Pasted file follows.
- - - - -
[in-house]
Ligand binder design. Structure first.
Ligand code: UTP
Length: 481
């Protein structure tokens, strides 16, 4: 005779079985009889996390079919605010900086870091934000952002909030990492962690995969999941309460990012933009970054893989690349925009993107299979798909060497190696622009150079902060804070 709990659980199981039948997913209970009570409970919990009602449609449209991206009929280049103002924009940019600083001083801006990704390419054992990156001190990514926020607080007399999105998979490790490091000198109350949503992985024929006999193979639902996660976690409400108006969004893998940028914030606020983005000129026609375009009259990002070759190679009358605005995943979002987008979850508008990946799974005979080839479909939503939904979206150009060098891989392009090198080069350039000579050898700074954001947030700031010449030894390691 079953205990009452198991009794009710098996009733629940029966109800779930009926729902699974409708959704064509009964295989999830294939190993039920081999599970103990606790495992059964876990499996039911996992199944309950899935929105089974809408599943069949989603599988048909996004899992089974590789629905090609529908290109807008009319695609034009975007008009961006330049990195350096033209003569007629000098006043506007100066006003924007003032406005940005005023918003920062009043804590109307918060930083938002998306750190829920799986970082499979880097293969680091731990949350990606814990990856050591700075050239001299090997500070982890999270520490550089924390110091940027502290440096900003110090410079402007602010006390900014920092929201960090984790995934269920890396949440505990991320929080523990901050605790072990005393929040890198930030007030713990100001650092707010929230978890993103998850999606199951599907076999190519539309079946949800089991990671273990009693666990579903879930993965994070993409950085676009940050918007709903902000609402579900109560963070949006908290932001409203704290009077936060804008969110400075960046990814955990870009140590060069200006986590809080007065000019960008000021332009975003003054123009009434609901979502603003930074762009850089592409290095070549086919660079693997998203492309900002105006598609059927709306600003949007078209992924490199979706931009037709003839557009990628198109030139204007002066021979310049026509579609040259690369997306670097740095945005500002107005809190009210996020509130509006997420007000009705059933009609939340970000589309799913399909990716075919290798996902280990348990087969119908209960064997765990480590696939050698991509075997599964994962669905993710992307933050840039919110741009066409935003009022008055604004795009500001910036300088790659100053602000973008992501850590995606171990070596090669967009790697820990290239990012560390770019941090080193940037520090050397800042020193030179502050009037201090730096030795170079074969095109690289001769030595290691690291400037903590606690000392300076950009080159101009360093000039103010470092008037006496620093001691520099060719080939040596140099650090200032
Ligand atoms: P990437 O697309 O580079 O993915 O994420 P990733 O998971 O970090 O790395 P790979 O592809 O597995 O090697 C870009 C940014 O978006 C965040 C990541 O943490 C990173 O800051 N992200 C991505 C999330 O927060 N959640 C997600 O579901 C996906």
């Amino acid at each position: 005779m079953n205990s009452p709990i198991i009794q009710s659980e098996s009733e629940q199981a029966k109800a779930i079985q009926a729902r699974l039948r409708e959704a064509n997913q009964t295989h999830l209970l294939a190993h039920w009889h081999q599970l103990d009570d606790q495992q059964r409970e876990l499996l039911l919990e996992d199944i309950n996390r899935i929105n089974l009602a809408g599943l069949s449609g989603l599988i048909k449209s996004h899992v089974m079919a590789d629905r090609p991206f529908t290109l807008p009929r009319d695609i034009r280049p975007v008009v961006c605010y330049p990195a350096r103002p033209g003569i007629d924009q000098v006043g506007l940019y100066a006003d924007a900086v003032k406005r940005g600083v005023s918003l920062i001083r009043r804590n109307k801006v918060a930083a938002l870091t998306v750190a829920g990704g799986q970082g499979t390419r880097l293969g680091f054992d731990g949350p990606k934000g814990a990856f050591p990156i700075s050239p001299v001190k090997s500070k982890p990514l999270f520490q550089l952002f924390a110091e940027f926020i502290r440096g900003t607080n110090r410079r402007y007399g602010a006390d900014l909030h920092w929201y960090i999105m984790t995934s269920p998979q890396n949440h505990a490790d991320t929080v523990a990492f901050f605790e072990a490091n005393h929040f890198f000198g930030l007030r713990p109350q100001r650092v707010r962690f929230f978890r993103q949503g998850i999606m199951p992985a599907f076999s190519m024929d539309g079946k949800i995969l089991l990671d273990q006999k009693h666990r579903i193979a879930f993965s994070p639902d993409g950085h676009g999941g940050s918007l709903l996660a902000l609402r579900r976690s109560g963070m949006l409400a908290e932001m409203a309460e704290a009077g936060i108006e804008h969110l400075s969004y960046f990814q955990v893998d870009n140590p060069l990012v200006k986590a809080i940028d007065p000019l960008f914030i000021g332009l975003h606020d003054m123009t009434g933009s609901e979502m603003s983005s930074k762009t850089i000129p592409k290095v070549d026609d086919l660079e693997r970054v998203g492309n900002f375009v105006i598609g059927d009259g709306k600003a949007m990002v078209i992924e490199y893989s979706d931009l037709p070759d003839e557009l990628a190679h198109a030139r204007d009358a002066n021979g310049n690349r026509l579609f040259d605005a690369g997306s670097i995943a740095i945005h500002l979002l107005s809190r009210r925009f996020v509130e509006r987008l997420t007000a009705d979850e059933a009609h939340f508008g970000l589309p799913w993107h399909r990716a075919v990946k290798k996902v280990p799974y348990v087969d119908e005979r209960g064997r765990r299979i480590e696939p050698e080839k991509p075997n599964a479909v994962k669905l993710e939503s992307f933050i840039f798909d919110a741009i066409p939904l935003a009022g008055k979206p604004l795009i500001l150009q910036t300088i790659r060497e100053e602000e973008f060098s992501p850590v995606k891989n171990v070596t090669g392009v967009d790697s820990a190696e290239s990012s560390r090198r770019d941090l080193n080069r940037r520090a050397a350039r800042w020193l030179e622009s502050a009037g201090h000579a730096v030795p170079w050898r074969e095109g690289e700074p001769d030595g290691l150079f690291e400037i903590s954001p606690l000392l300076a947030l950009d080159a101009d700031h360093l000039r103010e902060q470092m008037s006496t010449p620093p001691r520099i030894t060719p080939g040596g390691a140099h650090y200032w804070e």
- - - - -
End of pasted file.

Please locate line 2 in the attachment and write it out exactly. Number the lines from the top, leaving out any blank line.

Ligand binder design. Structure first.